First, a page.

It's fitting that Dracula becomes the last (and paradoxically, also first, at least first proper) vampire novel of the nineteenth century, as it marks a turning point in vampire, horror, gothic and even adventure literature, setting down standards and tropes, and introducing us to concepts which would characterise novels of its type right up to today. Dracula can easily be seen as a demarcation line, showing where the idea of just writing a novel about a vampire, or a novel with a vampire, changed to become the process of writing a vampire novel. In other words, the point at which vampire novels rose out of the grip, as it were, of gothic fiction and became their own genre.

Nowhere would this be more evident than in vampire movies.

And so, after a deep exploration of the origins, and rise within early literature of vampires, we come to the next stage. Although vampires are as popular today in books as they ever were, and have gone on to star or feature in comics too, the beginning of the twentieth century would herald a new age, and provide for the humble literary vampire a bridge to a new world, as they took their first faltering, and indeed silent and monochrome, steps onto the silver screen. Once vampires were seen on film, their popularity soared and they would become inextricable from the public consciousness. Those who did not care for books, had no time for them or, perhaps in some cases, certainly at the turn of the century, could not read, were able to experience the full drama, mythos and horror of the creature who had frozen the blood and quickened the heartbeat of all who had read about him.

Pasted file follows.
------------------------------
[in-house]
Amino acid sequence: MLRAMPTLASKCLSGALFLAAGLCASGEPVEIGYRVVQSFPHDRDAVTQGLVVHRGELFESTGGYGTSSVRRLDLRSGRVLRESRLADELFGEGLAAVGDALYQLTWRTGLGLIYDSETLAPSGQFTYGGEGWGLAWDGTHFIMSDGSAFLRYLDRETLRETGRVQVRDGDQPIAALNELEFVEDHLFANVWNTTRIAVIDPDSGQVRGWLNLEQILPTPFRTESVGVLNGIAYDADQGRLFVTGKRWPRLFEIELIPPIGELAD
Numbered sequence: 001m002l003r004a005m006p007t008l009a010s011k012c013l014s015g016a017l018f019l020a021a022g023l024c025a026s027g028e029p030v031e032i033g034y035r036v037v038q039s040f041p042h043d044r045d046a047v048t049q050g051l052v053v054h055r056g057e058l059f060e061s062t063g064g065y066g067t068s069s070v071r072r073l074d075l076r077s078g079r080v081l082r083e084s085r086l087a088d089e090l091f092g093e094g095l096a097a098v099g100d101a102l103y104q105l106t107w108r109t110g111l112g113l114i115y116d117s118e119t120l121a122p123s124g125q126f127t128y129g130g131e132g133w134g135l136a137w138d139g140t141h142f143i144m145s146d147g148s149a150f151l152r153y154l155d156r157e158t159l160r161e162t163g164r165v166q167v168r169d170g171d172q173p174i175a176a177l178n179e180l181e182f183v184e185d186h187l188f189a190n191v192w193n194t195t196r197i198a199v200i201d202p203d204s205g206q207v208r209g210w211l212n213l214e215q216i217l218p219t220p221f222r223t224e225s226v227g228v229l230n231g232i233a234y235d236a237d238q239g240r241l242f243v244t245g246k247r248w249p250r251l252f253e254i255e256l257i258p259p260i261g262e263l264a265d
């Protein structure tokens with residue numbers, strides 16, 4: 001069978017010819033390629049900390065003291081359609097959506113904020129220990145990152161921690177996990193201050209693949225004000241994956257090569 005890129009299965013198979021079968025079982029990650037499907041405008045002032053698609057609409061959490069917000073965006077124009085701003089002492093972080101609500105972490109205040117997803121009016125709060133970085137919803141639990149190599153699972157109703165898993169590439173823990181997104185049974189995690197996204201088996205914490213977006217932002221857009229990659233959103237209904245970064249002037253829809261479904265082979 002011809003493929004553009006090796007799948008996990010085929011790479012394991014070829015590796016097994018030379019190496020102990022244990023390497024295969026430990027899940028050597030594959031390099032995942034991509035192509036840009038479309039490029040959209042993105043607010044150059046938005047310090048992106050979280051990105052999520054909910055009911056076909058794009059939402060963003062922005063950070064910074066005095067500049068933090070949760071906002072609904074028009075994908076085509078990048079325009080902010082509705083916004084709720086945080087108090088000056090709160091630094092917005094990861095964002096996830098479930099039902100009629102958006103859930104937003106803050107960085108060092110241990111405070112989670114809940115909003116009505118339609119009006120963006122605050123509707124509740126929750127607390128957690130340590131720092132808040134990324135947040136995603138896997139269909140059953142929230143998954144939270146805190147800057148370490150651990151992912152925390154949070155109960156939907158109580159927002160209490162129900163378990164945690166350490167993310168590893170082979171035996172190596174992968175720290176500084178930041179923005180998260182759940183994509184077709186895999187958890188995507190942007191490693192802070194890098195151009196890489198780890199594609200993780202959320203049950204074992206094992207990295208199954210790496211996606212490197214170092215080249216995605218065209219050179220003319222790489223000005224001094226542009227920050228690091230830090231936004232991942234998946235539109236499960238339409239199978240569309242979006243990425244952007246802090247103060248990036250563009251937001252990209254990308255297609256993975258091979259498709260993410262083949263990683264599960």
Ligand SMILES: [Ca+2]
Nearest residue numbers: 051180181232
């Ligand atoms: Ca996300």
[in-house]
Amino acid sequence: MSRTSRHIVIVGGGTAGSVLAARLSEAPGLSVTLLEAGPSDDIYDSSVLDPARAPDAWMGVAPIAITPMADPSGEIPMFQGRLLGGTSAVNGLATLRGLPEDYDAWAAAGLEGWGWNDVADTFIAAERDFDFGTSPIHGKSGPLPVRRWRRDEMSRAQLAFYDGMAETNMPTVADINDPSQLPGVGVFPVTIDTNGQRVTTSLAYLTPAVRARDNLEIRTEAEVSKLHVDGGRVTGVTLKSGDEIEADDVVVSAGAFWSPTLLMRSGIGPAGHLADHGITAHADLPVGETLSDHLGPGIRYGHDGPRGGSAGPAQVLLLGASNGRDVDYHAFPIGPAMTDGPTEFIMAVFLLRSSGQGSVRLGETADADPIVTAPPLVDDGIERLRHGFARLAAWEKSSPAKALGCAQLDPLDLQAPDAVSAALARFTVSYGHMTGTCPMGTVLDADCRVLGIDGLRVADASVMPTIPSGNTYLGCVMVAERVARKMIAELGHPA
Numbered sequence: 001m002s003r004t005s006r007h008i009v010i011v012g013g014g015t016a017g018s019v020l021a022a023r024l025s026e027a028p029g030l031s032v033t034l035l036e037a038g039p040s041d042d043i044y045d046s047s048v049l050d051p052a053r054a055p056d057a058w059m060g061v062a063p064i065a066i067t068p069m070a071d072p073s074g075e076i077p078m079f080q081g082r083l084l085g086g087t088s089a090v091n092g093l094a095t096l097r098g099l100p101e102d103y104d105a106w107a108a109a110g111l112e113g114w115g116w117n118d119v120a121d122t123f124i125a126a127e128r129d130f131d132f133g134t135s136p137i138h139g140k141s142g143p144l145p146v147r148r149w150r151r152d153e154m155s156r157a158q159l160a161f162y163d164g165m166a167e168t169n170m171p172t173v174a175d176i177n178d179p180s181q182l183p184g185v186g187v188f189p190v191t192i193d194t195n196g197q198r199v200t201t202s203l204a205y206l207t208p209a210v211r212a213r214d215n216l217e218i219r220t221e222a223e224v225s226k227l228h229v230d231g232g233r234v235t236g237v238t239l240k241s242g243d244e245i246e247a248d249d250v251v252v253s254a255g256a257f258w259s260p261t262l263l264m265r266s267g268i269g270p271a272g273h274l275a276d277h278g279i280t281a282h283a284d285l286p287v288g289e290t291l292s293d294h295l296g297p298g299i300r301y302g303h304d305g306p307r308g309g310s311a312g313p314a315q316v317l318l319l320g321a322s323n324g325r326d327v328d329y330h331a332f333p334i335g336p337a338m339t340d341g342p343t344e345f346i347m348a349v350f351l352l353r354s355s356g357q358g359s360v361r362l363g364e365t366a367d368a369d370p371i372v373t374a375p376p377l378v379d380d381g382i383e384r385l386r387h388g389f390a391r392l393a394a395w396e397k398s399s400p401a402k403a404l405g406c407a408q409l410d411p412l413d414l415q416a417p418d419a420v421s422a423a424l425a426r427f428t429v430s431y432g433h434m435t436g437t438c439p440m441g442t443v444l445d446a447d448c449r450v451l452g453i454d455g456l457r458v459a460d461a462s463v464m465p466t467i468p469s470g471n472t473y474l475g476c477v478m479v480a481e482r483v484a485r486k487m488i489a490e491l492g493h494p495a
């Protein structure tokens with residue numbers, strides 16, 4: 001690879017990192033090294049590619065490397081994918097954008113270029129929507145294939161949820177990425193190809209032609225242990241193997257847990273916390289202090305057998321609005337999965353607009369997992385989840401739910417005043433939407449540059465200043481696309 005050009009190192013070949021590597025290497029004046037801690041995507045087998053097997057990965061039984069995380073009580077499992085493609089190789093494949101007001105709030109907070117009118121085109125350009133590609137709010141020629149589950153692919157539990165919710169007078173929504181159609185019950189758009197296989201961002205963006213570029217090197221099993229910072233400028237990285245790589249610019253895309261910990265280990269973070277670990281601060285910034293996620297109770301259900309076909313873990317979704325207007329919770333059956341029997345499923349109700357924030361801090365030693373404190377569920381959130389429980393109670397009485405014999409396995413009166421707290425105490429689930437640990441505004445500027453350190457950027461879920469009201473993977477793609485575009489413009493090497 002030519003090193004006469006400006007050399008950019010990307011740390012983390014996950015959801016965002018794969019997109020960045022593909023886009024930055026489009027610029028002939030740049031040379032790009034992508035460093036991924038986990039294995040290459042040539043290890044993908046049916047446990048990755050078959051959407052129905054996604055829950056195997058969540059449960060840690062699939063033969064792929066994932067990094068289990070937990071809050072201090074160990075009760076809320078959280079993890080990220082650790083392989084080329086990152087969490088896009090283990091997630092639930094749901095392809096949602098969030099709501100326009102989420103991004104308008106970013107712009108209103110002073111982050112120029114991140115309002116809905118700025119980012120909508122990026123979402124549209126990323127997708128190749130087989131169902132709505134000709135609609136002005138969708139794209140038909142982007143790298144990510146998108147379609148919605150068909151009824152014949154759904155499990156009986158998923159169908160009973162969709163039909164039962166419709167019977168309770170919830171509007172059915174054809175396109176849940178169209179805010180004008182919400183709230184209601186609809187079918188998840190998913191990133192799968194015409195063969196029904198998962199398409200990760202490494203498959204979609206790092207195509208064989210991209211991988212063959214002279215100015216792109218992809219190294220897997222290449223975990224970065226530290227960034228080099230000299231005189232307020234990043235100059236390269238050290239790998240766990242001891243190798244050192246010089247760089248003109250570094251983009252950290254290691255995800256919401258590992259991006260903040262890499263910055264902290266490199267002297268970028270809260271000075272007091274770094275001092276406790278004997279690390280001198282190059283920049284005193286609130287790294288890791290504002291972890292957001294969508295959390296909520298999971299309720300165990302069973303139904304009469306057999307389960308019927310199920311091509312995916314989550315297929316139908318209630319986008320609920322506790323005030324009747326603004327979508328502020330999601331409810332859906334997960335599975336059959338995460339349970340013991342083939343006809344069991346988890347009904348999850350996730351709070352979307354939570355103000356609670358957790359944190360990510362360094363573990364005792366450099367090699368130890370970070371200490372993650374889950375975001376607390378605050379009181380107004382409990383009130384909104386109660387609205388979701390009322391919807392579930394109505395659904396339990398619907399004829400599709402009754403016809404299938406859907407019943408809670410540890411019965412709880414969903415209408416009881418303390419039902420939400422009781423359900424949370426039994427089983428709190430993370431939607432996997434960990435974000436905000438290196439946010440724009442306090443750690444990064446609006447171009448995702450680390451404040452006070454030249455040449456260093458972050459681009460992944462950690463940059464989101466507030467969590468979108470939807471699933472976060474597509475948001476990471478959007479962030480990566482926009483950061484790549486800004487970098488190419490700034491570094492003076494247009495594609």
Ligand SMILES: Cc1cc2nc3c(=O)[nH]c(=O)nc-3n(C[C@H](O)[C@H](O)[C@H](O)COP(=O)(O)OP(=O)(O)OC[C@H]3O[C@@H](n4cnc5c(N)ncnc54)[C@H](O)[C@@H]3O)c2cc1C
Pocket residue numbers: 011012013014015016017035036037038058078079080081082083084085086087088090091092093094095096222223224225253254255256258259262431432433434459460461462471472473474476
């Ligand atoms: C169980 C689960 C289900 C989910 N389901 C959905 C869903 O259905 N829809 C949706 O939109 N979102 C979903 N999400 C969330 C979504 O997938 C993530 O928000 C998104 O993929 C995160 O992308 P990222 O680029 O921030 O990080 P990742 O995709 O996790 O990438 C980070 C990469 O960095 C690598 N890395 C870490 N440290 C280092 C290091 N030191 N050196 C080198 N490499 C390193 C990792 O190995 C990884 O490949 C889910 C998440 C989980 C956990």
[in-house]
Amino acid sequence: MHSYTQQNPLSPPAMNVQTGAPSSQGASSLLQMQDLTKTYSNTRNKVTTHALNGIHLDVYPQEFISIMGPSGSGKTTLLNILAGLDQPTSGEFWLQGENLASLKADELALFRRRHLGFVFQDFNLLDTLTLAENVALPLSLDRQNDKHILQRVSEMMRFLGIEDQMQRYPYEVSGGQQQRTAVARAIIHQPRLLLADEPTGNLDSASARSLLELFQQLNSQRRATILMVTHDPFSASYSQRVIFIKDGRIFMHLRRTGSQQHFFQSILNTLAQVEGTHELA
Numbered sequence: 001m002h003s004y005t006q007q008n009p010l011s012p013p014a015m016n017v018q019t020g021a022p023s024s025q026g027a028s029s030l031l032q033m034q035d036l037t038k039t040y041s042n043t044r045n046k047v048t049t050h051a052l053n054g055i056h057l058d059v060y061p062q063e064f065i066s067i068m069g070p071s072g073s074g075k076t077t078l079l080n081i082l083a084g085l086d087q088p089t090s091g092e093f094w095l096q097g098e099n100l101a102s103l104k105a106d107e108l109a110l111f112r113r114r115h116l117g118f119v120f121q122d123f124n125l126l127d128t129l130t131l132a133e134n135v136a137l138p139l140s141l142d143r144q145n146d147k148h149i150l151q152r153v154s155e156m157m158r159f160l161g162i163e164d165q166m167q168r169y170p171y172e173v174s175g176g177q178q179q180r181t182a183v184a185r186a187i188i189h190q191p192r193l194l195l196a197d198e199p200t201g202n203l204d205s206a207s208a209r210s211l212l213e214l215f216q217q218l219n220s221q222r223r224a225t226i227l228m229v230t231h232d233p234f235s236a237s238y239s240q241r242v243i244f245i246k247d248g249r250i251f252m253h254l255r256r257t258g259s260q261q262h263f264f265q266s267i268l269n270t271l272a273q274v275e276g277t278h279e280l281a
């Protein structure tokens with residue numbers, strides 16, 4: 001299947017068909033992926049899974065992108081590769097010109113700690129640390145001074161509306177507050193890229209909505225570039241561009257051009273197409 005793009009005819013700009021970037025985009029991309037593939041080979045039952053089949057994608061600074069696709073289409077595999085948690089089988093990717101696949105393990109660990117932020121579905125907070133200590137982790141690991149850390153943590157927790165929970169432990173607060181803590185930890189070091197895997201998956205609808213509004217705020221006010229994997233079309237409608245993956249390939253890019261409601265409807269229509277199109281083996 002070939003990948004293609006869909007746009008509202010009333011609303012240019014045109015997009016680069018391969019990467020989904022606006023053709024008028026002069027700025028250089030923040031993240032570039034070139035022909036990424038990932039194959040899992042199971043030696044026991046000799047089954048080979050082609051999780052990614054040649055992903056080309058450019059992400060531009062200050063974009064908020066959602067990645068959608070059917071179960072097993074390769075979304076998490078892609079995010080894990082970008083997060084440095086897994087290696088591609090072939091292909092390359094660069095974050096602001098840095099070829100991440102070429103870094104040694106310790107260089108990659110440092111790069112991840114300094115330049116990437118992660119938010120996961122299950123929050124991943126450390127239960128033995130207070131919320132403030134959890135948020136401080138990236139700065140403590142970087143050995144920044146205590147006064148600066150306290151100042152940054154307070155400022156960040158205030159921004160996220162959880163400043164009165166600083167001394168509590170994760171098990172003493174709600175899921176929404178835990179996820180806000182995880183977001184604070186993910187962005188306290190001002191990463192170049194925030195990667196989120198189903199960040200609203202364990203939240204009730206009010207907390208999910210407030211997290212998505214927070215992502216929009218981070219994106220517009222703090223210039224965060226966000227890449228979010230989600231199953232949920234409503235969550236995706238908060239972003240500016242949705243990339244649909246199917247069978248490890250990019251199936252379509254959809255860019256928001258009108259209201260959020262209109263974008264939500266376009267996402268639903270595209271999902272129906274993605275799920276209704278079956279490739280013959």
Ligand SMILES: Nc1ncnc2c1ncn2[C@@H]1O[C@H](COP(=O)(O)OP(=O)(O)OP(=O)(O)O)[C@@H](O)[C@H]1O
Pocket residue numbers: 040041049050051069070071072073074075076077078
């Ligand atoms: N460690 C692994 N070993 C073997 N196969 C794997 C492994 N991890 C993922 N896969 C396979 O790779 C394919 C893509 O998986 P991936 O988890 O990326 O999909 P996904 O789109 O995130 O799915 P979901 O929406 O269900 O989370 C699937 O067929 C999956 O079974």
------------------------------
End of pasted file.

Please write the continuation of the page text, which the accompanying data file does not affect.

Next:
For a long time, as you might expect, vampires remained exclusively male. Despite the power of Le Fanu's quasi-lesbian anti-heroine Carmilla, it was either decided having female vampires on the screen was too much of a leap for the audience, or was considered immoral to portray women in such an evil and lustful way. It would take time - mostly due, I think (though I will research and we'll explore it in depth once the time arrives) to Hammer Pictures, who would break many cinematic taboos in their time - before women would take their place alongside their male counterparts in evil. But for now, the only roles available for them would be that of the victim, screaming (soundlessly, for some time) and imploring someone, anyone to rescue them.

Of course, in time vampires would transition to the small screen, where they would become even more popular and famous, and, some might argue, quite watered down as the writers of various televisions series strove to de-monstrify, if you will, the creature of the night and explore what made him tick, and how he - or she - might survive, even thrive in the new century they found themselves in.